15 Kandel 2005 {published data only} Kandel R, Hartshorn KL. Novel strategies for prevention and treatment of influenza. Expert Opinion on Therapeutic Targets 2005; 9(1):1 22. Kempe 1989 {published data only} Kempe A, Hall CB, MacDonald NE, Foye HR, Woodin KA, Cohen HJ, et al.influenza in children with cancer. Journal of Pediatrics 1989;115(1):33 9. Louie 2006 {published data only} Louie JK, Schechter R, Honarmand S, Guevara HF, Schoemaker TR, Madrigal NY, et al.severe pediatric influenza in California, : implications for immunization recommendations. Pediatrics 2006;117(4):e Mayr 1974 {published data only} Mayr AC, Nagel GA, Dick HJ, Pavlicek LP. Proceedings: influenza vaccination in patients with cancer? [Grippeschutzimpfung bei Tumorpatienten?]. Helvetica Medica Acta 1974;37(5-6):395. McIntosh 2003 {published data only} McIntosh ED, Paradiso PR. Recent progress in the development of vaccines for infants and children. Vaccine 2003;21(7-8): Modlin 1977 {published data only} Modlin JF, Smith DH, Harding L. Clinical trials of bivalent A/New Jersey/76-A/Victoria/75 influenza vaccines in high-risk children. Journal of Infectious Diseases 1977;136 Suppl:S Morris 1990 {published data only} Morris DJ. Virus infections in children with cancer. Reviews in Medical Microbiology 1990;1(1): Pauksen 2000 {published data only} Pauksen K, Linde A, Hammarström V, Sjölin J, Carneskog J, Jonsson G, et al.granulocyte-macrophage colony-stimulating factor as immunomodulating factor together with influenza vaccination in stem cell transplant patients. Clinical Infectious Diseases: an official publication of the Infectious Diseases Society of America 2000;30(2): Ridgway 1993 {published data only} Ridgway D, Wolff LJ. Active immunisation of children with leukemia and other malignancies. Leukemia and Lymphoma 1993;9 (3): Schafer 1979 {published data only} Schafer AI, Churchill WH, Ames P, Weinstein L. The influence of chemotherapy on response of patients with hematologic malignancies to influenza vaccine. Cancer 1979;43(1): Smithson 1978 {published data only} Smithson WA, Siem RA, Ritts RE, Gilchrist GS, Burgert EO, Ilstrup DM, et al.response to influenza virus vaccine in children receiving chemotherapy for malignancy. Journal of Pediatrics 1978; 93(4): Somani 1995 {published data only} Somani J, Larson RA. Reimmunization after allogeneic bone marrow transplantation. American Journal of Medicine 1995;98(4): Stiver 1978 {published data only} Stiver HG, Weinerman BH. Impaired serum antibody response to inactivated influenza A and B vaccine in cancer patients. Canadian Medical Association Journal 1978;119(7): Sumaya 1977 {published data only} Sumaya CV, Williams TE, Brunell PA. Bivalent influenza vaccine in children with cancer. Journal of Infectious Diseases 1977;136 Suppl:S Sumaya 1982 {published data only} Sumaya CV, Williams TE. Persistence of antibody after the administration of influenza vaccine to children with cancer. Pediatrics 1982;69(2): Uchaikin 1999 {published data only} Uchaikin VF, Skachkova LO, Shamsheva OV, Smirnov AV, Polesko IV, Lezhneva LN, et al.the vaccination of children with severe somatic pathology [Vaktsinatsiia detei s tiazheloi somaticheskoi patologiei]. [Zhurnal Mikrobiologii, Epidemiologii, i Immunobiologii 1999;4:30 4. Yamada 1982 {published data only} Yamada A, Yamawaki H, Tsuda N, Baba K, Yabuuchi H, Maeda A, et al.trial of split-product trivalent influenza vaccine in high risk children. Biken Journal 1982;25(2): References to ongoing studies Karadeniz 2005 {published data only} Karadeniz C, Karadeniz C, Bektas O, Oguz A, Berberoglu S, Yy maz N, et al.p.g1.015 Responses of children with solid tumours to influenza virus vaccine. In: 37th Annual Conference of the International Society of Paediatric Oncology, SIOP 2005, Vancouver, Canada, September Abstracts. Pediatric Blood & Cancer 2005;45(4):503. Additional references CID 2007 CID. American Academy of Pediatrics: prevention of influenza: recommendations for influenza immunization of children, Pediatrics 2007;119: Cochrane Handbook Higgins JPT, Green S, editors. Cochrane Handbook for Systematic Reviews of Interventions [updated May 2005]. The Cochrane Library, Issue 3. Chichester, UK: John Wiley & Sons, Ltd, Collins 2000 Collins J, Byrnes M, Dunkel I, Lapin J, Nadel T, Thaler H, et al.the measurement of symptoms in children with cancer. Journal of Pain and Symptom Management 2000;19(5): Dykewicz 2001 Dykewicz CA. Guidelines for preventing opportunistic infections among hematopoietic stem cell transplant recipients: focus on community respiratory virus infections. Biology of Blood and Marrow Transplantation 2001;7 Suppl:19S 22S. Feldman 1977 Feldman S, Webster RG, Sugg M. Influenza in children and young adults with cancer. Cancer 1977;39: NOS 2007 Wells G, Shea B, O Connell D, Peterson J, et al.newcastle Ottawa Scale (NOS) for assessing the quality of nonrandomized studies in meta-analyses. clinical epidemiology/oxford.htm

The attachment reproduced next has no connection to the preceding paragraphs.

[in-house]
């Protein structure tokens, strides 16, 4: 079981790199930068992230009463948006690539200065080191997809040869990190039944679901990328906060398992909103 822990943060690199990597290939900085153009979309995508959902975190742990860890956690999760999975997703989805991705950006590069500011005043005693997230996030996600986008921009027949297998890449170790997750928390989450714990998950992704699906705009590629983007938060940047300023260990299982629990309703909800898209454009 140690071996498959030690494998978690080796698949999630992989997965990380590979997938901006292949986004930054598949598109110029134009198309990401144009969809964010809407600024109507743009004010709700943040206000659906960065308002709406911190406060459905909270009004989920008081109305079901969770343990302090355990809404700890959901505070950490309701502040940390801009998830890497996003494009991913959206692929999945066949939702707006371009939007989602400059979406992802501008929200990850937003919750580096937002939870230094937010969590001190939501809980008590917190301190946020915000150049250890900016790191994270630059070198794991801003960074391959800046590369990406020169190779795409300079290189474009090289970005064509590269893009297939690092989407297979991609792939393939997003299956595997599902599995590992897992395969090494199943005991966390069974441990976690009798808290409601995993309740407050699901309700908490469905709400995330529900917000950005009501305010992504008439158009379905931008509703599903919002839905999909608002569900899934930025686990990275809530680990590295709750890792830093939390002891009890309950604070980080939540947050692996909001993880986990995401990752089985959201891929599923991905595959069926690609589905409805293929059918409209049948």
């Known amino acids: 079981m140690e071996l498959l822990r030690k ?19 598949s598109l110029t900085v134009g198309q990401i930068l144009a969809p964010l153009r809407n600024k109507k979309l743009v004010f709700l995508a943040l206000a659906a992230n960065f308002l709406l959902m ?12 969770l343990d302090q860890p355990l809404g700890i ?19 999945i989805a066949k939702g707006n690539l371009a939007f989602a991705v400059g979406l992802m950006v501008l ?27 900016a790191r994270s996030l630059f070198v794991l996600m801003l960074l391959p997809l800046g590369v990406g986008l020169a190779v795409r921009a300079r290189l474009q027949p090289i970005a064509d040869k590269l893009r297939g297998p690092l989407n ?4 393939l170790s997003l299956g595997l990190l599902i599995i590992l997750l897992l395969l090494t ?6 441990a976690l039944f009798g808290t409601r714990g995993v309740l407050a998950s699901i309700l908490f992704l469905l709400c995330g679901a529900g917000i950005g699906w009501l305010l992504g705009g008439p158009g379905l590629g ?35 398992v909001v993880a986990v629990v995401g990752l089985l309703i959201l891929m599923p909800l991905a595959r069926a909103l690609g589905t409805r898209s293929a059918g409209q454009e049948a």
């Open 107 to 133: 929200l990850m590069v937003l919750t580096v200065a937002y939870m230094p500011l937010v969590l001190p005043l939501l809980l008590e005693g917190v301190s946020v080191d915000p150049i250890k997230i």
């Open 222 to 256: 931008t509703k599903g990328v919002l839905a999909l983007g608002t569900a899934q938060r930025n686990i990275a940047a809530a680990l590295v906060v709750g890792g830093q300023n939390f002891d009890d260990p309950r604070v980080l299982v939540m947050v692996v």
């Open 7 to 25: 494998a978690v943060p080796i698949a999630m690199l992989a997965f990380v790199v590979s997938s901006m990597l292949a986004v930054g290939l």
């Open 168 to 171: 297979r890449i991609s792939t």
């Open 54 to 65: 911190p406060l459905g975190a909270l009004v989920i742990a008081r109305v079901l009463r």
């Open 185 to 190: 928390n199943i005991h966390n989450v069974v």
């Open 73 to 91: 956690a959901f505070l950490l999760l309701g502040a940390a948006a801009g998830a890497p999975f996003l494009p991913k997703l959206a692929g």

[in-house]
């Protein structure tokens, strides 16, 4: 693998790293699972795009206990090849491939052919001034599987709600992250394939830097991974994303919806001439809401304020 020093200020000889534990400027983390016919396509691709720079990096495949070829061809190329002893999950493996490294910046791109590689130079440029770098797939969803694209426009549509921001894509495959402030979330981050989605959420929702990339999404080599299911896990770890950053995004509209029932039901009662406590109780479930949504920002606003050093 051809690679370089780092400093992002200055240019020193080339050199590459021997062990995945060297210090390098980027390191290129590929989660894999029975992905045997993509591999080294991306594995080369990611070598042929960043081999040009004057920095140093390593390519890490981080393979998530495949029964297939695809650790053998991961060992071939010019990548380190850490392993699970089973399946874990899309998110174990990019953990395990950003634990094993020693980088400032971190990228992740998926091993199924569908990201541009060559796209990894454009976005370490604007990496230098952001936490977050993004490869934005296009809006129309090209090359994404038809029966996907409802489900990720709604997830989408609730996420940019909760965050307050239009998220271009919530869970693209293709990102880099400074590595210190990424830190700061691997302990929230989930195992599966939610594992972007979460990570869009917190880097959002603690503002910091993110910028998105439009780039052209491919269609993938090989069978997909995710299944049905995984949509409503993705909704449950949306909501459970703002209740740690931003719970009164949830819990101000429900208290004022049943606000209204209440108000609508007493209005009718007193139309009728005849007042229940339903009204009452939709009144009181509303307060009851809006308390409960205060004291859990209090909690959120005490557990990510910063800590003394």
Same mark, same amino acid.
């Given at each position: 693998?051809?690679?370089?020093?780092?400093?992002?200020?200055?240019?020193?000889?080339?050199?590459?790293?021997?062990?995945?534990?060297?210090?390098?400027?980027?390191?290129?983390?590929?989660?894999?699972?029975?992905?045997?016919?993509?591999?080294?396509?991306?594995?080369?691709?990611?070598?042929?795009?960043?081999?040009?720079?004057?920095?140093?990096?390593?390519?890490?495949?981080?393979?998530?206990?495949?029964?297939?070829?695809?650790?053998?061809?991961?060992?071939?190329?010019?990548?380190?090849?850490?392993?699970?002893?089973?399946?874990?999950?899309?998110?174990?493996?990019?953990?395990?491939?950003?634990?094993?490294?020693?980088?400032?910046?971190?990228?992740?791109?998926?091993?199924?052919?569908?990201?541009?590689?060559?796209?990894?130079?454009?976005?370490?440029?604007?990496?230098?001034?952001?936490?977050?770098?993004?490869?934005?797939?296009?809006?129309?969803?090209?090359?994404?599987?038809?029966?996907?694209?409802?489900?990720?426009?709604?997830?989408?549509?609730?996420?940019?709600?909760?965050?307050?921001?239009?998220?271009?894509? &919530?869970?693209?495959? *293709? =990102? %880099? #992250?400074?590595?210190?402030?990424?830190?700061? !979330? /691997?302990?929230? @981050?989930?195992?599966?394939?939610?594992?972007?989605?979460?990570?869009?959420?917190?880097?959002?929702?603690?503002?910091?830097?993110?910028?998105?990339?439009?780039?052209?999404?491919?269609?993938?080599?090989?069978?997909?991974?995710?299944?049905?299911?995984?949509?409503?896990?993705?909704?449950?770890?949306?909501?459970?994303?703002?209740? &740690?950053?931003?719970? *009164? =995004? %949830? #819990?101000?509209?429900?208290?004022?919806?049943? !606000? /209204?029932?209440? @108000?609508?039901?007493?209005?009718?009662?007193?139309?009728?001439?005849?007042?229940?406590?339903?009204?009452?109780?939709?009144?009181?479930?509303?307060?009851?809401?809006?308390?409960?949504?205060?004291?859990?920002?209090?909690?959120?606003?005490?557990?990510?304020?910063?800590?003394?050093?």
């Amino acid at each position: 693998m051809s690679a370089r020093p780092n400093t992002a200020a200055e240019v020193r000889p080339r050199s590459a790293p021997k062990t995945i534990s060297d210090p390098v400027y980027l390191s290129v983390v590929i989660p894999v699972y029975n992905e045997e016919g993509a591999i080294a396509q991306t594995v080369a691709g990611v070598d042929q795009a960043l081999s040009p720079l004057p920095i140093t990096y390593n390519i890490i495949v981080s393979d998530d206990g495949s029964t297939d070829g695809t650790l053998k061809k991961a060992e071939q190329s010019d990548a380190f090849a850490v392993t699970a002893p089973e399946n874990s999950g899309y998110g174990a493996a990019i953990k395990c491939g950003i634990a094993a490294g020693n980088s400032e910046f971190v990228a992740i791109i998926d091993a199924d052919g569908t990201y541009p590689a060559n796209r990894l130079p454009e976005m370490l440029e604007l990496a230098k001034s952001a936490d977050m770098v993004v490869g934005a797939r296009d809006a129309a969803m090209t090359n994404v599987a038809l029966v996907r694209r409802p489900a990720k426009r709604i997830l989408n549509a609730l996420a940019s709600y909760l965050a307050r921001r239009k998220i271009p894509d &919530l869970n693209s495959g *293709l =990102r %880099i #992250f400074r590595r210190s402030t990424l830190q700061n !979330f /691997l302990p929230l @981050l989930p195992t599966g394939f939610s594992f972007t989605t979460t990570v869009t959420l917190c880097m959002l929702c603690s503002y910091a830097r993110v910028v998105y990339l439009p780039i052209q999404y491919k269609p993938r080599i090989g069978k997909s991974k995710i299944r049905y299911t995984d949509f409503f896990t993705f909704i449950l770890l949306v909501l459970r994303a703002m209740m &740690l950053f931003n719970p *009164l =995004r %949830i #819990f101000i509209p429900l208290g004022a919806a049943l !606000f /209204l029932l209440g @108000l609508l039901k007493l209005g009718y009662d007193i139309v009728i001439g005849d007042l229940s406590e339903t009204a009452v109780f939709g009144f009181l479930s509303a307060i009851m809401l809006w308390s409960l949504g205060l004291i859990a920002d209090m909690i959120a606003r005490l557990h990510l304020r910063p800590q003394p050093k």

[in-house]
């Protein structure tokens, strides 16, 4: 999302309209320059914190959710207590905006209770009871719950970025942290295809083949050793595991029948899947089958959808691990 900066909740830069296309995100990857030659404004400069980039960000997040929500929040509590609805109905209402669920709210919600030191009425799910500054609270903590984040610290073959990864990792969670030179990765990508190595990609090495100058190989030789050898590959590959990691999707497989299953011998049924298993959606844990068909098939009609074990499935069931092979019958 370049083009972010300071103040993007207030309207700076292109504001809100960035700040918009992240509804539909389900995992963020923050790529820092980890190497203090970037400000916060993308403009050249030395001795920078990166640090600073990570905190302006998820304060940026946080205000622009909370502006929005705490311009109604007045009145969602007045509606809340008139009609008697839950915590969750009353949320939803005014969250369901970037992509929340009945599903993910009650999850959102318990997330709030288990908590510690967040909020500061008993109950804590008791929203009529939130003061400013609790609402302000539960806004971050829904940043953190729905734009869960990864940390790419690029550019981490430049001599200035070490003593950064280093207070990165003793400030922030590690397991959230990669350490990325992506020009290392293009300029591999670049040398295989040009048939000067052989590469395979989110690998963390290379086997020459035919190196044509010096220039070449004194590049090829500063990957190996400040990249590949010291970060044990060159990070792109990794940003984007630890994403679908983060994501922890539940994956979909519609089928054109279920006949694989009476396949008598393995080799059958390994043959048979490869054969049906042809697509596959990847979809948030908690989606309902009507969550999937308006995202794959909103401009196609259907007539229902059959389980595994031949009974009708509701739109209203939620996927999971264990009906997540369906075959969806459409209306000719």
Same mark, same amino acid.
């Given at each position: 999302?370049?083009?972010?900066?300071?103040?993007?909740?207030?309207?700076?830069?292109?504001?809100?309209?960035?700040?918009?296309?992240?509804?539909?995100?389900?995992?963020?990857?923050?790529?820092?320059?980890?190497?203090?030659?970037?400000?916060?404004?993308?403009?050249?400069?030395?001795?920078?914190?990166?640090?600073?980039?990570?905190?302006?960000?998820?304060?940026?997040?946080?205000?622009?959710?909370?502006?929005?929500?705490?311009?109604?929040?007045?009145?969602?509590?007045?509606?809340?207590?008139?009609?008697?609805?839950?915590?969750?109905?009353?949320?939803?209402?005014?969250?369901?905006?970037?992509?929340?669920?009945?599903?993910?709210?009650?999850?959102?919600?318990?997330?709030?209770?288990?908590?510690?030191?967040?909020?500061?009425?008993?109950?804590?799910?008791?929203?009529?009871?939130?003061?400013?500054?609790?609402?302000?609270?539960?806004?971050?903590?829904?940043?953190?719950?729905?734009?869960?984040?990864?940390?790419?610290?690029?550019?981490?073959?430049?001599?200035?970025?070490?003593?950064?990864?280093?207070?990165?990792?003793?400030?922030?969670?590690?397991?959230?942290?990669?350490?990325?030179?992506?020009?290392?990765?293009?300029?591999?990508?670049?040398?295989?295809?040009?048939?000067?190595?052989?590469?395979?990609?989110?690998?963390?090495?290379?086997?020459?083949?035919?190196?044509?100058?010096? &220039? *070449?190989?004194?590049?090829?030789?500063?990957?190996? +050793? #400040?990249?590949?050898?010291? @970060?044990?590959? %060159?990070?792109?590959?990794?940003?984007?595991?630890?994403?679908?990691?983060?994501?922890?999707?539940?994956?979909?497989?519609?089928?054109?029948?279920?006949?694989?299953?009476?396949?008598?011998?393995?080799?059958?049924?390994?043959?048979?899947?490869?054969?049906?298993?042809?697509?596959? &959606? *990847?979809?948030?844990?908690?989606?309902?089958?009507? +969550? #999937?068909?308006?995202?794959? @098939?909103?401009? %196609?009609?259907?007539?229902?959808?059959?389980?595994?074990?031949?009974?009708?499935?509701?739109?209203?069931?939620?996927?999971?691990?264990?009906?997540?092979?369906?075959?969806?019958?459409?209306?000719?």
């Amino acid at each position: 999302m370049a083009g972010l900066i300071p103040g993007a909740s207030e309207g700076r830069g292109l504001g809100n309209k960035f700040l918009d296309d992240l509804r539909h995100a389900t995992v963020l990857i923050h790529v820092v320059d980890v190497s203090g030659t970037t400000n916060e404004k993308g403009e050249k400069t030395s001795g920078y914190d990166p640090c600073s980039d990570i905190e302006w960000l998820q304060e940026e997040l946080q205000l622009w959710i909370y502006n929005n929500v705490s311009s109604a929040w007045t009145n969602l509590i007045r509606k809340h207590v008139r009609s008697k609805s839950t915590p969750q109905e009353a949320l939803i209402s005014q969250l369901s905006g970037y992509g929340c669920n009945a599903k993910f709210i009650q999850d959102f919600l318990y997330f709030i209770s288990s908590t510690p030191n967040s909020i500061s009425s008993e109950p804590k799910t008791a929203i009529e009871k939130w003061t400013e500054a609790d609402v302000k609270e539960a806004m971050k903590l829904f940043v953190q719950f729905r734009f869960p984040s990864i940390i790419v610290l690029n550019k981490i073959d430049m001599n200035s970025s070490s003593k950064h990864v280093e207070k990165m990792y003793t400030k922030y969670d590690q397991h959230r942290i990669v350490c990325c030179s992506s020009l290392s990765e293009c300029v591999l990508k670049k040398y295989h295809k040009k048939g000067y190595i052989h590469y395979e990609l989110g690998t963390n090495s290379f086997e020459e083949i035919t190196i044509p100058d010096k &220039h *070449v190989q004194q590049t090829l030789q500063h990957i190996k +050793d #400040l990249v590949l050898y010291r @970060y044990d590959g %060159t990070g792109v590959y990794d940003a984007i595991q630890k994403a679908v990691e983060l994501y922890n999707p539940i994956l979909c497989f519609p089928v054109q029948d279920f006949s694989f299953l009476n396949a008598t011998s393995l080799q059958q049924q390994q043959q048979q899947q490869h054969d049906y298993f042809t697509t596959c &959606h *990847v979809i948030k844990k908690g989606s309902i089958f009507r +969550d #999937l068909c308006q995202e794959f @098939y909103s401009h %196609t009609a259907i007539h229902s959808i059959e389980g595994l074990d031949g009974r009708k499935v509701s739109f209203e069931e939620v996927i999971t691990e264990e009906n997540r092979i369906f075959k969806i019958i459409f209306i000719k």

16 Potter 1991 Potter MN, Foot ABM, Oakhill A. Influenza A and the virus associated haemophagoccytic syndrome: cluster of three cases in children with acute leukaemia. Journal of Clinical Pathology 1991; 44: Raad 1997 Raad I, Abbas J, Whimbey E. Infection control of nosocomial respiratory viral disease in the immunocompromised host. American Journal of Medicine 1997;102: RevMan 2008 The Nordic Cochrane Centre. The Cochrane Collaboration. Review Manager (RevMan) Copenhagen: The Nordic Cochrane Centre. The Cochrane Collaboration, Ring 2002 Ring A, Gavin M, Steer C, Harper P. Influenza vaccination and chemotherapy: a shot in the dark?. Supportive Care in Cancer 2002; 10: Sandherr 2006 Sandherr M, Einsele H, Hebart H, Kahl C, Kern W, Kiehl M, et al.antiviral prophylaxis in patients with haematological malignancies and solid tumours: Guidelines of the Infectious Diseases Working Party (AGIHO) of the German Society for Hematology and Oncology (DGHO). Annals of Oncology 2006;17 (7): Smith 2006 Smith NM, Bresee JS, Shay DK, Uyeki TM, Cox NJ, Strikas RA, Centers for Disease Control and Prevention (CDC) Advisory Committee on Immunization Practices (ACIP). Prevention and control of influenza: recommendations of the Advisory Committee in Immunization Practices (ACIP). Morbidity and Mortality Weekly Report 2006;55:1 41. Indicates the major publication for the study 14